The lands in question were subject-matter of the grant which was made in the year1793 by Raghoji II, the then ruler of Nagpur State, at the time of marriage of his daughter Banubai to Vyankatrao alias Nanasaheb, son of Ramrao, a male descendant of Pratap Rao Gujar. As both Vyankatrao and Banubai were minor, the grant was made in the name of Ramrao. All villages in Bhiwapur Taluq and six villages in other Taluqs and annual cash allowance of Rs. 17,415 were the subject matter of the grant.

Raghuji II died in the year 1816. It is not necessary for us to trace the history of Bhonsle family and Gujar family as the same is not relevant for deciding the question which has survived for our consideration.

The orders of the Special Deputy Collector and of the Maharashtra Revenue Tribunal were challenged before the High Court on two grounds. The first was that the appellant being the direct descendant of a sovereign ruler, the lands held by him for his personal use could not be the subject- matter of ceiling laws. The second ground was that the grant in question was a sovereign legislative grant made by Raghuji II, who was then the full sovereign ruler of Nagpur State and the said grant constituted a special Law in favour of Gujar family which could not be affected by any general legislation like the Act.

The High Court decided both the points against the appellant. The learned counsel appearing for the appellant has not challenged before us the findings of the High Court on the first point. The only question raised by the learned counsel before us is that the grant in question was sovereign legislative grant made by a sovereign ruler, it was recognised and continued by the British Government, it is thus a special law in favour of Gujar family, and as this law was existing on the date of the commencement of the Constitution of India it is protected by Article 372 of the Constitution and shall be deemed to be in force be abrogated except by an Act of the legislature specially made in that respect.

The question whether a grant made by a sovereign ruler amounts to 932 law and if so under what circumstances, was examined by the High Court at length. The High Court referred to the decisions of this Court in Umad Mills Ltd. v. U.O.I., AIR 1963 S.C.953; State of Gujarat v. Vora Fidda Ali, AIR 1964 S.C.1043; Raj Kumar v. State of Orissa, AIR 1964 S.C.1793;

Union of India v. Gwalior Reins Silk Manufacturing Company, AIR 1964 S.C.1903 and State of Madhya Pradesh v. Lal Bhargavendra Singh, AIR 1966 S.C.704 and came to the conclusion that even in the case of a ruler who combined in himself both executive and legislative powers of his government and was undisputed head of the state, the jurisprudential distinction between legislative enactment and executive action has not been obliterated and the question, whether a particular grant is a legislative grant or not, depends on the facts and circumstances of each case.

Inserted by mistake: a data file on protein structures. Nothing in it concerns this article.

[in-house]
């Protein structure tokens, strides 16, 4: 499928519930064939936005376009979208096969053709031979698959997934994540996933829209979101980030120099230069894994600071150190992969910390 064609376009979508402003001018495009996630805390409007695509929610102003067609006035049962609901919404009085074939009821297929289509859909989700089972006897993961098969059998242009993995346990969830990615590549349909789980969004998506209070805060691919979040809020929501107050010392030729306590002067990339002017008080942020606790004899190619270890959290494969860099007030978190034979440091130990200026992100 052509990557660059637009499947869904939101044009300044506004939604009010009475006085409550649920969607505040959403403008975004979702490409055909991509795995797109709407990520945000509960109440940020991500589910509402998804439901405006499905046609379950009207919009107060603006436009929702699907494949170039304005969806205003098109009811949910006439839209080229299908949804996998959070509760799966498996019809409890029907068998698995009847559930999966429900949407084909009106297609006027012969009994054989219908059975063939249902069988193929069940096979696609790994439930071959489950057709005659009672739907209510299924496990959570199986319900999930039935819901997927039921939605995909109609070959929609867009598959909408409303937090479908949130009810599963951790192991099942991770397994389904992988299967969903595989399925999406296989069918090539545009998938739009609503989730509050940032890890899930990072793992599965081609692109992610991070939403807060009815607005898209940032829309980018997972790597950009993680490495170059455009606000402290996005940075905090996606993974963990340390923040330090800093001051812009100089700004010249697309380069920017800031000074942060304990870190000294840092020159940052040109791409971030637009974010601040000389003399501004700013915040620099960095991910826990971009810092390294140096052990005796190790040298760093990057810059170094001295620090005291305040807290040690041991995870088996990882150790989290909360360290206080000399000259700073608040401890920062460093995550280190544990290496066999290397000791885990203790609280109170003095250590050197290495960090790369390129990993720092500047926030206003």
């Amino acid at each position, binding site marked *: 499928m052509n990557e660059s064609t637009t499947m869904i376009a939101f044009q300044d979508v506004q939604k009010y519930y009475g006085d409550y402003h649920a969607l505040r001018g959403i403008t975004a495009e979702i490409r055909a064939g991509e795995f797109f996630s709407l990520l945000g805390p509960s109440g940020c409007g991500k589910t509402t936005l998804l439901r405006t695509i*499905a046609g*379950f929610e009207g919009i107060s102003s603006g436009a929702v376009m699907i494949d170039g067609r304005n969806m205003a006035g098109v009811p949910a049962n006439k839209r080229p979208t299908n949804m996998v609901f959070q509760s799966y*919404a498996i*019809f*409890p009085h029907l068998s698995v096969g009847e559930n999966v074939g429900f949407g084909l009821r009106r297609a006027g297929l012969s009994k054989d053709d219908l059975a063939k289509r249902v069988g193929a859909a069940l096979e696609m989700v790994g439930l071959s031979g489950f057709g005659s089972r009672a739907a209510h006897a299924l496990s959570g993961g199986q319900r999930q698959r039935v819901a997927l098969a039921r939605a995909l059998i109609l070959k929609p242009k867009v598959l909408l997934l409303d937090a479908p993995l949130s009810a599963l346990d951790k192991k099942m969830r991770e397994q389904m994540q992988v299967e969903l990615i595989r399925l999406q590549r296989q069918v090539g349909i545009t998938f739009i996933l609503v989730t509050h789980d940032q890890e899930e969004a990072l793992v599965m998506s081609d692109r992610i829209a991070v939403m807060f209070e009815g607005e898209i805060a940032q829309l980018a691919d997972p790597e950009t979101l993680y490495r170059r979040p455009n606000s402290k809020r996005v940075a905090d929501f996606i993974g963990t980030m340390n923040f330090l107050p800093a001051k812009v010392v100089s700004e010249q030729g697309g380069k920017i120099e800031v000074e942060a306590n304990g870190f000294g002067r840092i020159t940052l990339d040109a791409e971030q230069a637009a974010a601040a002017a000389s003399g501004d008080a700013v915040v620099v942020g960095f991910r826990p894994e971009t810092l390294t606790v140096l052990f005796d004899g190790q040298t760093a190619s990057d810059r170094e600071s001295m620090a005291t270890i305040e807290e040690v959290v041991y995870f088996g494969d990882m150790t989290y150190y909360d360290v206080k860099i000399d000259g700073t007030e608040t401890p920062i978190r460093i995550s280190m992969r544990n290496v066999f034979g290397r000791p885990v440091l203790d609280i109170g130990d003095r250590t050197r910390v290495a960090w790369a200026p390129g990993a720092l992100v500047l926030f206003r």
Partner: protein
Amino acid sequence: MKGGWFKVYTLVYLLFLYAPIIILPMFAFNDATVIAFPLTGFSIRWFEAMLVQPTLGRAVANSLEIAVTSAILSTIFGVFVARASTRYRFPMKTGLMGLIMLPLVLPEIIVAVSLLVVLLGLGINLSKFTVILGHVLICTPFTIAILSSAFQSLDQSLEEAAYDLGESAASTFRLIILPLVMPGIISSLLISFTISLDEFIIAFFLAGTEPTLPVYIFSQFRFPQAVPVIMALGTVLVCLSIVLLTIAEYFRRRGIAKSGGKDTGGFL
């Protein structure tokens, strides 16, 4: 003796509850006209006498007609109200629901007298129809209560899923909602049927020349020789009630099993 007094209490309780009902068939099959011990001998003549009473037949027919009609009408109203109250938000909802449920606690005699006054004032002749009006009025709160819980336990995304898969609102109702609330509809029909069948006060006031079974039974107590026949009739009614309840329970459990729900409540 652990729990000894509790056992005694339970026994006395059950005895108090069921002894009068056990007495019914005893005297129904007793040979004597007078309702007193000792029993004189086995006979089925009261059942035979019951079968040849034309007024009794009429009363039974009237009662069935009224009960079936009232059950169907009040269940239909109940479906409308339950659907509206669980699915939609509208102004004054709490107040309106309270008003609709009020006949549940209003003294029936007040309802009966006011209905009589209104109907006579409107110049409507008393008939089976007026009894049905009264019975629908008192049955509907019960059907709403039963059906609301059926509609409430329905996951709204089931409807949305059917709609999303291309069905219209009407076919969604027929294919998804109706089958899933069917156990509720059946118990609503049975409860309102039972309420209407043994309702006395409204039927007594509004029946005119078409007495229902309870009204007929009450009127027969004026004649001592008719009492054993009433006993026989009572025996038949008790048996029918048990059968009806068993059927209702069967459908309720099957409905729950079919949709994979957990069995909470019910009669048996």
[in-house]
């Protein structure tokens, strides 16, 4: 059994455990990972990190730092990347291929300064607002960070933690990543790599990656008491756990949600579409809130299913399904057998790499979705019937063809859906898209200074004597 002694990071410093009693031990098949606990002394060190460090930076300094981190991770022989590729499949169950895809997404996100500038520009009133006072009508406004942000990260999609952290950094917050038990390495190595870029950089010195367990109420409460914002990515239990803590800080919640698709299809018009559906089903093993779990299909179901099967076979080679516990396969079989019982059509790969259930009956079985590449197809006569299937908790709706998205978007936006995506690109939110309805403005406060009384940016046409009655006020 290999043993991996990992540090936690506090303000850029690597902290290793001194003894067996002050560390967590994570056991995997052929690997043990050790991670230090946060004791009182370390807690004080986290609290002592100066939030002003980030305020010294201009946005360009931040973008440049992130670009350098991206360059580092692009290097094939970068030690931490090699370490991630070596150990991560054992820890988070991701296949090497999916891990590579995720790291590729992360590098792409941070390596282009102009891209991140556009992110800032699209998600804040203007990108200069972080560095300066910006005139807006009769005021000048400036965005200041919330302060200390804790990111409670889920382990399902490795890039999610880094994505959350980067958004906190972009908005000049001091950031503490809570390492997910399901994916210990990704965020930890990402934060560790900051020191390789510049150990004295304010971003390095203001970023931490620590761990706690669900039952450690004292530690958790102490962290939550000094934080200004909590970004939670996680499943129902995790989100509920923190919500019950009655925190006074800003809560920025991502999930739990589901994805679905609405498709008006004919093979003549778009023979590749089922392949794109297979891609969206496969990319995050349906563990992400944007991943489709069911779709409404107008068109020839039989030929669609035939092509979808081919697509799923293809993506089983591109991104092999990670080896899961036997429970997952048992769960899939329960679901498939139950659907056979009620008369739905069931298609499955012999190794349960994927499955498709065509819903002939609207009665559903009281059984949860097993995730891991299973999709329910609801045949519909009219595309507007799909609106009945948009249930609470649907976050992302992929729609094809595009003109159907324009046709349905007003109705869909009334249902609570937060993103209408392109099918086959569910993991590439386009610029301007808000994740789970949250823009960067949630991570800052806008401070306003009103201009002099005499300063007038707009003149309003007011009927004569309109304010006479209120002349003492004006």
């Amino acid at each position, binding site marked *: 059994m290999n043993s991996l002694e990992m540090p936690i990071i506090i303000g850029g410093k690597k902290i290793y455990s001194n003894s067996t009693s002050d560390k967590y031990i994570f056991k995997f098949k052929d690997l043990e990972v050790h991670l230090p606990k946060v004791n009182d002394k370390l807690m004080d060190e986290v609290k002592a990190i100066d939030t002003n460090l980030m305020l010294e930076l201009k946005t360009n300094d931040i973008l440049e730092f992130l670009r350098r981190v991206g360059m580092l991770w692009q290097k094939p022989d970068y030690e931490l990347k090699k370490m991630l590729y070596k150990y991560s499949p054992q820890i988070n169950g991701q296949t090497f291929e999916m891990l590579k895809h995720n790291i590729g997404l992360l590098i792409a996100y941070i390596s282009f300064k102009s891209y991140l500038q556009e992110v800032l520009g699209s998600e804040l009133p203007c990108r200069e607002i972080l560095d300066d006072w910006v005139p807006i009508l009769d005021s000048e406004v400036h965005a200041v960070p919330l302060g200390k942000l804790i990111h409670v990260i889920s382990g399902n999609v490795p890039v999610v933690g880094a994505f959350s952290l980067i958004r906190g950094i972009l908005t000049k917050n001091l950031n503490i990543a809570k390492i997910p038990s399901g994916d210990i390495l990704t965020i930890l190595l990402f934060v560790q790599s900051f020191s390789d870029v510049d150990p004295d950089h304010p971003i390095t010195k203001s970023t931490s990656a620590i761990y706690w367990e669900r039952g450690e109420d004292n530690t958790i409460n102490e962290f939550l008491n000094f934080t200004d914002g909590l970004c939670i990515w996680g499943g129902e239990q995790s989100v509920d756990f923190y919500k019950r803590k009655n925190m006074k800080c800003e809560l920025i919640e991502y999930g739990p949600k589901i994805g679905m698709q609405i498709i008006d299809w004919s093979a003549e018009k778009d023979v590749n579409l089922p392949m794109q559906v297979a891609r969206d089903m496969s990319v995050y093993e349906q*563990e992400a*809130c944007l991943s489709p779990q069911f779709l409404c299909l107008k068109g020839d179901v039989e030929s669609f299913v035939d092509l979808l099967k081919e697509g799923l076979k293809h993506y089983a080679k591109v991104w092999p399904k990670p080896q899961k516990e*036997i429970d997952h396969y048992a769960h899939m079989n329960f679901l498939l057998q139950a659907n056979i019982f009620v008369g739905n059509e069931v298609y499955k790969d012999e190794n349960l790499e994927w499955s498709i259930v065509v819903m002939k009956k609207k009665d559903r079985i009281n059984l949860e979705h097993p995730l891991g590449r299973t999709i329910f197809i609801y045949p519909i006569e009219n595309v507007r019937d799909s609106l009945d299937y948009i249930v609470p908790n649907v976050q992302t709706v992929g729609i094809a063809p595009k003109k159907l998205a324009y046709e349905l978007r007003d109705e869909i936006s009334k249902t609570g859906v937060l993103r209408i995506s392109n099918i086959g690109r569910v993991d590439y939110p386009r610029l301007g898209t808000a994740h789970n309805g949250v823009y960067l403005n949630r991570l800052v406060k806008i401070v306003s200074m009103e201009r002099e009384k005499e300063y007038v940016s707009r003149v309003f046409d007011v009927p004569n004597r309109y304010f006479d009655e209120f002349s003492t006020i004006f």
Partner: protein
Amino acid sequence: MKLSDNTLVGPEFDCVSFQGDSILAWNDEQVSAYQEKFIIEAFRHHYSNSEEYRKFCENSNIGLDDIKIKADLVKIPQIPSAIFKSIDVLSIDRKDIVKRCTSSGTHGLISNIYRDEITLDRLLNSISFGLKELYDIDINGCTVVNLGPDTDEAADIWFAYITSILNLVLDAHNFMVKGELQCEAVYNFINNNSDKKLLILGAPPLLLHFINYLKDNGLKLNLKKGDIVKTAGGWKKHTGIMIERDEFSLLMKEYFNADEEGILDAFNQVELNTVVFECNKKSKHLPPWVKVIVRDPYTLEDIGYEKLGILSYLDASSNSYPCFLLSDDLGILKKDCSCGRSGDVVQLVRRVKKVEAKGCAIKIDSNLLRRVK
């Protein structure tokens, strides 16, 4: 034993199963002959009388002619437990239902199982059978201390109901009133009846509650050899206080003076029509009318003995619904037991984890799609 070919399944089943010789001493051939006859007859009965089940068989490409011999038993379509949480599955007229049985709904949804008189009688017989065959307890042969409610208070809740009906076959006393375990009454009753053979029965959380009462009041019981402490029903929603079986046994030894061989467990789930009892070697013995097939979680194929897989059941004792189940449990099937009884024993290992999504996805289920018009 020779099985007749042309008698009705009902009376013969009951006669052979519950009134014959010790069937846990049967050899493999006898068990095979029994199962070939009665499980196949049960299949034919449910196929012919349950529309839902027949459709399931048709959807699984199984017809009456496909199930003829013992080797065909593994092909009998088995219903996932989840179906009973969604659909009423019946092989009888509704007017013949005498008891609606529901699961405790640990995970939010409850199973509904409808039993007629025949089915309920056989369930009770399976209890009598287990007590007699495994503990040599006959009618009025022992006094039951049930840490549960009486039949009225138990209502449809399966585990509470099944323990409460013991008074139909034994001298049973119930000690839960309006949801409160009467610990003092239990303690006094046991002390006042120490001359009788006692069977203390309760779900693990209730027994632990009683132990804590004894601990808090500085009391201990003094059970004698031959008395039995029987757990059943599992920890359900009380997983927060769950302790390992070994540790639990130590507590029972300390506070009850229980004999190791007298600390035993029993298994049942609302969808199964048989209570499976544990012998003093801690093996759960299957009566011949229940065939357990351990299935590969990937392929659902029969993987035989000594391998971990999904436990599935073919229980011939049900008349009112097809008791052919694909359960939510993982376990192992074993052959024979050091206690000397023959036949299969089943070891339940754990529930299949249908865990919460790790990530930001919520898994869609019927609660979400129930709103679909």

The High Court examined the evidence on the record in detail and finally came to the conclusion that the grant in question was a gift pure and simple and was not a legislative Act on the part of the ruler. The High Court reasoning is as under :

"So far as the grant in question is concerned, the exact manner in which the grant was conferred, the procedure followed for that purpose and the exact words in which it was couched are not known and cannot be ascertained from the material on records...............The only evidence about the grant is the entries in the settlement register, styled as Register of Maufi Holdings for the years 1866-1894 and 1913-14. The entries in the registers of Maufi Holdings of the year 1866 show that the grant was made by Raghuji II in 1783 in favour of Ramrao Gujar. In Column No. 10 detailed account of the State and terms of occupancy is given as follows:

`Original grantee Ramrao, the father-in-Law of Bannobai, the daughter of Raghuji II from whom it descended, to her husband, than Banubaie's own son having been adopted by Prusoji Bhonsla as heir to the throne, she adopted her grandson Chitkojirao as her heir, he then came into possession of all the villages forming the Taluq Bhiwapur and has held them ever since.' 933 The remarks made by the Investigation Officer with whom the Settlement Commissioner concurred finds place in column 12 of the register and they read as follows: